In our case, we have found that about 15 milliliters of solvent per gram of flower seem to suffice for a good extraction. Using only a couple of grams of sample usually gives enough to analyze multiple times if necessary. How much you dilute beyond that might be necessary for higher concentrations, more likely in extracts and oils than flower, but that dilution factor will affect the range with which you can quantify within.
Is there a standard practice for collection?
As of now, there is not really standard practice for the collection, which is a big problem.
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The more comprehensive your collection and analysis, the more consistent, accurate and precise your results will be. So you should be collecting from multiple areas of a plant if possible, or at least the areas of higher THC concentration since that is such a big part of this test right now.
What are the main ways to pulverize the samples into the powder for extraction?
As mentioned, we often do a percent by weight. So if you have too much water left, that will affect the percent by weight. Homogenizing the samples is vital for reproducible results.
We have tried numerous ways to homogenize and pulverize these samples into a powder for extraction, such as expensive grinders as well as less expensive grinders. We have tried stainless steel ball bearings inside of a tube and shaking it or vortex it like crazy. We have tried frozen versus room-temperature flowers. We have tried extracting then vortex. We have tried doing both at once with the solvent already in there with the ball beads.
Most of the methods seem to work to some extent. But what we eventually got to - and what a lot of customers like - is dry-grinding it upfront, weighing, and then performing your extraction and filtration.
What does the OMNI Bead Ruptor Homogenizer offer to the market?
Not only is it good for flower samples, but it is also really good for edibles and oils and other things like that. It does all of the above, but users just need to make sure that you’re doing it consistently and making sure that you’re getting a nice homogenized sample.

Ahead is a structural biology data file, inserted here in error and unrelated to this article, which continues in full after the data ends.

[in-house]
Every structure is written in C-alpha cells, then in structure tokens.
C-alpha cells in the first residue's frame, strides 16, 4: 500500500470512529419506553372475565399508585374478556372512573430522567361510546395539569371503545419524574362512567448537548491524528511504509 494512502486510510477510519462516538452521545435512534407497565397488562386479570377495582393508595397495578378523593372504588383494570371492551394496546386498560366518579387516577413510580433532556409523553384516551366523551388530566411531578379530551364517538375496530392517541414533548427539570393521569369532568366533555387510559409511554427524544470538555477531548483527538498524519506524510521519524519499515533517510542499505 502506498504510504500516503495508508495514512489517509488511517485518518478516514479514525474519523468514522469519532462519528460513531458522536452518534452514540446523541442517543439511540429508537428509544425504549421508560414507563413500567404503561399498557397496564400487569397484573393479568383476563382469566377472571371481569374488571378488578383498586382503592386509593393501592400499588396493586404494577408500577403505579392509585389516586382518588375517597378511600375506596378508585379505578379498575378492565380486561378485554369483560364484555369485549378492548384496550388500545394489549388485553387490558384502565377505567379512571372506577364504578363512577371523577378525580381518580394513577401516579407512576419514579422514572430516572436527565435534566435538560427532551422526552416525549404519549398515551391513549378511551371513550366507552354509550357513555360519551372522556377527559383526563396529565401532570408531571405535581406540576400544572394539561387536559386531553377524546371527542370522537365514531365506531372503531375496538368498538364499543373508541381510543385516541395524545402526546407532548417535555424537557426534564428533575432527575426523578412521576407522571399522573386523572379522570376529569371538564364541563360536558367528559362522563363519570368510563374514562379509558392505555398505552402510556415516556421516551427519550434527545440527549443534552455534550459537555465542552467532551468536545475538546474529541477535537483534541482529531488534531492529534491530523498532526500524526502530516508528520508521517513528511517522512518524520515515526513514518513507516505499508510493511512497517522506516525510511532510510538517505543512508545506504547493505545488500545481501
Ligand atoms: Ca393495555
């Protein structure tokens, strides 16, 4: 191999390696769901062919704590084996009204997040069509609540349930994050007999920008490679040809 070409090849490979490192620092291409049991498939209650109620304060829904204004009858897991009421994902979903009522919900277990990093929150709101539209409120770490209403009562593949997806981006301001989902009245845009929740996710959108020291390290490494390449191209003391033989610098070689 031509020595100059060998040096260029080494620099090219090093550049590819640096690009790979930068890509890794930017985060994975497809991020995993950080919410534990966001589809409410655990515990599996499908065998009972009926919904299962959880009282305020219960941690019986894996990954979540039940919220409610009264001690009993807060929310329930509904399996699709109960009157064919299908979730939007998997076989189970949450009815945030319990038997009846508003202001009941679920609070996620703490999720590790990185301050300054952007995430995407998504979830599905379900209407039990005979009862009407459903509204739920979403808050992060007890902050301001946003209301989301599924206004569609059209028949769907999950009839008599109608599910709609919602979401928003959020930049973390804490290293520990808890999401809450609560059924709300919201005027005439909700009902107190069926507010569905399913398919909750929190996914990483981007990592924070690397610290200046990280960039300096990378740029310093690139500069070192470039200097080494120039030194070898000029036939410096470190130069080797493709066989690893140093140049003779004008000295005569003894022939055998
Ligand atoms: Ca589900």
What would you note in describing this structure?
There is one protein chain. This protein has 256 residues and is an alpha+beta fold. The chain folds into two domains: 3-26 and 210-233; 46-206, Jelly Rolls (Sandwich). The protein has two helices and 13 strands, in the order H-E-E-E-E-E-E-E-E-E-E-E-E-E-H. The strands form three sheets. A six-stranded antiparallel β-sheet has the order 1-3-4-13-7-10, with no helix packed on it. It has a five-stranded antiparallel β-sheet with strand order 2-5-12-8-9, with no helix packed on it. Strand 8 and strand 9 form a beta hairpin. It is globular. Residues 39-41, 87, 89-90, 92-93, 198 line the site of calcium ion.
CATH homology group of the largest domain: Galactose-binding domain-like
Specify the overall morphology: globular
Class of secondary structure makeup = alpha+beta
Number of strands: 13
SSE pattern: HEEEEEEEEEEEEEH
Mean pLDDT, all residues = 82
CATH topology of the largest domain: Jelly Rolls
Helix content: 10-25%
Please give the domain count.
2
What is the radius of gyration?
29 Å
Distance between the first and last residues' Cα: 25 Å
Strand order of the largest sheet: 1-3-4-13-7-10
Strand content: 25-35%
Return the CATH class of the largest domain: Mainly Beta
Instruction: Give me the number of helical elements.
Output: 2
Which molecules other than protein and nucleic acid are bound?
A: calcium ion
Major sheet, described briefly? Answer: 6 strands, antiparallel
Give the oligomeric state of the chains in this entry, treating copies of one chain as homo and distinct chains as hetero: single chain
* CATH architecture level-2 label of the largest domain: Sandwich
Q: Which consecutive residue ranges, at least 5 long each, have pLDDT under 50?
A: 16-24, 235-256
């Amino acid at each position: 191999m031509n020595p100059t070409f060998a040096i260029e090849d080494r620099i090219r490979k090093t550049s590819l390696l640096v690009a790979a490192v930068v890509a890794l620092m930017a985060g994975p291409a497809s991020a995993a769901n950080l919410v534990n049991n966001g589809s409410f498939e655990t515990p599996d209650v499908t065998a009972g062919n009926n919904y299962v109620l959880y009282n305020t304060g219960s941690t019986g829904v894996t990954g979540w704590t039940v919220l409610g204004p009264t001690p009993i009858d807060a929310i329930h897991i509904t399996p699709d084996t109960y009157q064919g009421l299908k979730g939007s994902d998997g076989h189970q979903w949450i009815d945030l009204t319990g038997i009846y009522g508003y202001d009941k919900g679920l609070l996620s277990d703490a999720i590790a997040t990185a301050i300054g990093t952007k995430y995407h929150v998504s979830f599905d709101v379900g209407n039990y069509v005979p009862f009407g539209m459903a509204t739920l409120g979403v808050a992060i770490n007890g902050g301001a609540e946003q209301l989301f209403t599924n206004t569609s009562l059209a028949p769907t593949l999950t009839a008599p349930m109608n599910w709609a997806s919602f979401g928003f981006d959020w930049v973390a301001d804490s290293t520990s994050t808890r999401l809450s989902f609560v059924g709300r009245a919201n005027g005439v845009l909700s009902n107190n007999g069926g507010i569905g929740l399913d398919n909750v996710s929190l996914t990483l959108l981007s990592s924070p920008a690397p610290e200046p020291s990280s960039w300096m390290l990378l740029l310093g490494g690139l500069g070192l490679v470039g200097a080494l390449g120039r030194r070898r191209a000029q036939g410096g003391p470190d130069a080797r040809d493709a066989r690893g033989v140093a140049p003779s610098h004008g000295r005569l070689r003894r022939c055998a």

The finer the sample, the better the extraction is going to be: because you just have more surface area for the solvent to then extract from and make sure it is consistent. Consistency is key.
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For most of these, you are probably getting close to a hundred percent extraction - at least for the flower.
So, if you have an efficient process - or a consistently efficient process- that is really the key to making sure that your results are continually precise and accurate.
Considering the LC method itself, there are many parameters that can be changed to achieve optimal separation and resolution in your chromatogram. The column you choose is a huge part of what type of separation can be achieved, as well as the stationary phase in that column, as it can determine which analytes will be retained longer. So, the size and dimensions of your column will initially determine analysis time, peak shape, resolution, and things like that. But these factors will also be affected by the other parameters as well.
What system does PerkinElmer use, and what are the reasons for this?
Small changes can equate to large alterations in the chromatography you can achieve.